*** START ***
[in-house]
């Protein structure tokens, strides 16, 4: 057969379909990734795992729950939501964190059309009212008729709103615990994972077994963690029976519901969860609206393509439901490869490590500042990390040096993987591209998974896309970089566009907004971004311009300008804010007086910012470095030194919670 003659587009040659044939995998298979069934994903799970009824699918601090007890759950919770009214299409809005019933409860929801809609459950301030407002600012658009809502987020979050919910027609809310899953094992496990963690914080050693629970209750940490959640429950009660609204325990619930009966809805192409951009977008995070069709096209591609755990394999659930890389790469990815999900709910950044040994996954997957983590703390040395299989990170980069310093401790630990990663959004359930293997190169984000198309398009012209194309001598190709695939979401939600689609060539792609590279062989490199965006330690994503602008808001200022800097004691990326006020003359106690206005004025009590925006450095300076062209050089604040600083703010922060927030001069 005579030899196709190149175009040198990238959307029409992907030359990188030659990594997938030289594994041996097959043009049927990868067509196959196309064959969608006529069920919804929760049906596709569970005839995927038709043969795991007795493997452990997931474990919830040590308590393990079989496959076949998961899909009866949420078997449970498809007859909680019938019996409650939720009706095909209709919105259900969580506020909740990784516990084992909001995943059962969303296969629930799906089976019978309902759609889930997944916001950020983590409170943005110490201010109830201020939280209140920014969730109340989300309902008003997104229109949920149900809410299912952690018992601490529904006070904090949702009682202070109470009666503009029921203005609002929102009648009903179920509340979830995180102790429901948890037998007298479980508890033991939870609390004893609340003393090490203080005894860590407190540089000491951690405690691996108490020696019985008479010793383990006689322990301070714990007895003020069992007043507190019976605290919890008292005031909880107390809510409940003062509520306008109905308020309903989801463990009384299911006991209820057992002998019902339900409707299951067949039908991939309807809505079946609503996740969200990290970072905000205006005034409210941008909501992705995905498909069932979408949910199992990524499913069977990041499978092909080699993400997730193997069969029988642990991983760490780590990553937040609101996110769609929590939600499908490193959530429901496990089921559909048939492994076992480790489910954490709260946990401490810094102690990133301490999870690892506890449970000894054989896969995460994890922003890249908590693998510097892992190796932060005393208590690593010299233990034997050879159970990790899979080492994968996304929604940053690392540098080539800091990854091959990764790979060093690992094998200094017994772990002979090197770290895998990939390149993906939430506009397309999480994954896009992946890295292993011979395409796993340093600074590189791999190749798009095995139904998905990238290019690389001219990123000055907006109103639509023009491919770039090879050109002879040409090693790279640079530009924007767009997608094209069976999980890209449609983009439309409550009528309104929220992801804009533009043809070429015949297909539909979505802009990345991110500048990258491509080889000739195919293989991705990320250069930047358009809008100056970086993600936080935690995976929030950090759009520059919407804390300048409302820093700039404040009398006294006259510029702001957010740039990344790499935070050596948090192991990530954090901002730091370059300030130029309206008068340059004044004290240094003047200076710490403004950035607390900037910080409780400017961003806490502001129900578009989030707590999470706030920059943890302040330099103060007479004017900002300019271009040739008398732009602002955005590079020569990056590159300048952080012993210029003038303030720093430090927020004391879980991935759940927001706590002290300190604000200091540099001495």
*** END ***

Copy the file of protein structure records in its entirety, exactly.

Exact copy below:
[in-house]
């Protein structure tokens, strides 16, 4: 057969379909990734795992729950939501964190059309009212008729709103615990994972077994963690029976519901969860609206393509439901490869490590500042990390040096993987591209998974896309970089566009907004971004311009300008804010007086910012470095030194919670 003659587009040659044939995998298979069934994903799970009824699918601090007890759950919770009214299409809005019933409860929801809609459950301030407002600012658009809502987020979050919910027609809310899953094992496990963690914080050693629970209750940490959640429950009660609204325990619930009966809805192409951009977008995070069709096209591609755990394999659930890389790469990815999900709910950044040994996954997957983590703390040395299989990170980069310093401790630990990663959004359930293997190169984000198309398009012209194309001598190709695939979401939600689609060539792609590279062989490199965006330690994503602008808001200022800097004691990326006020003359106690206005004025009590925006450095300076062209050089604040600083703010922060927030001069 005579030899196709190149175009040198990238959307029409992907030359990188030659990594997938030289594994041996097959043009049927990868067509196959196309064959969608006529069920919804929760049906596709569970005839995927038709043969795991007795493997452990997931474990919830040590308590393990079989496959076949998961899909009866949420078997449970498809007859909680019938019996409650939720009706095909209709919105259900969580506020909740990784516990084992909001995943059962969303296969629930799906089976019978309902759609889930997944916001950020983590409170943005110490201010109830201020939280209140920014969730109340989300309902008003997104229109949920149900809410299912952690018992601490529904006070904090949702009682202070109470009666503009029921203005609002929102009648009903179920509340979830995180102790429901948890037998007298479980508890033991939870609390004893609340003393090490203080005894860590407190540089000491951690405690691996108490020696019985008479010793383990006689322990301070714990007895003020069992007043507190019976605290919890008292005031909880107390809510409940003062509520306008109905308020309903989801463990009384299911006991209820057992002998019902339900409707299951067949039908991939309807809505079946609503996740969200990290970072905000205006005034409210941008909501992705995905498909069932979408949910199992990524499913069977990041499978092909080699993400997730193997069969029988642990991983760490780590990553937040609101996110769609929590939600499908490193959530429901496990089921559909048939492994076992480790489910954490709260946990401490810094102690990133301490999870690892506890449970000894054989896969995460994890922003890249908590693998510097892992190796932060005393208590690593010299233990034997050879159970990790899979080492994968996304929604940053690392540098080539800091990854091959990764790979060093690992094998200094017994772990002979090197770290895998990939390149993906939430506009397309999480994954896009992946890295292993011979395409796993340093600074590189791999190749798009095995139904998905990238290019690389001219990123000055907006109103639509023009491919770039090879050109002879040409090693790279640079530009924007767009997608094209069976999980890209449609983009439309409550009528309104929220992801804009533009043809070429015949297909539909979505802009990345991110500048990258491509080889000739195919293989991705990320250069930047358009809008100056970086993600936080935690995976929030950090759009520059919407804390300048409302820093700039404040009398006294006259510029702001957010740039990344790499935070050596948090192991990530954090901002730091370059300030130029309206008068340059004044004290240094003047200076710490403004950035607390900037910080409780400017961003806490502001129900578009989030707590999470706030920059943890302040330099103060007479004017900002300019271009040739008398732009602002955005590079020569990056590159300048952080012993210029003038303030720093430090927020004391879980991935759940927001706590002290300190604000200091540099001495």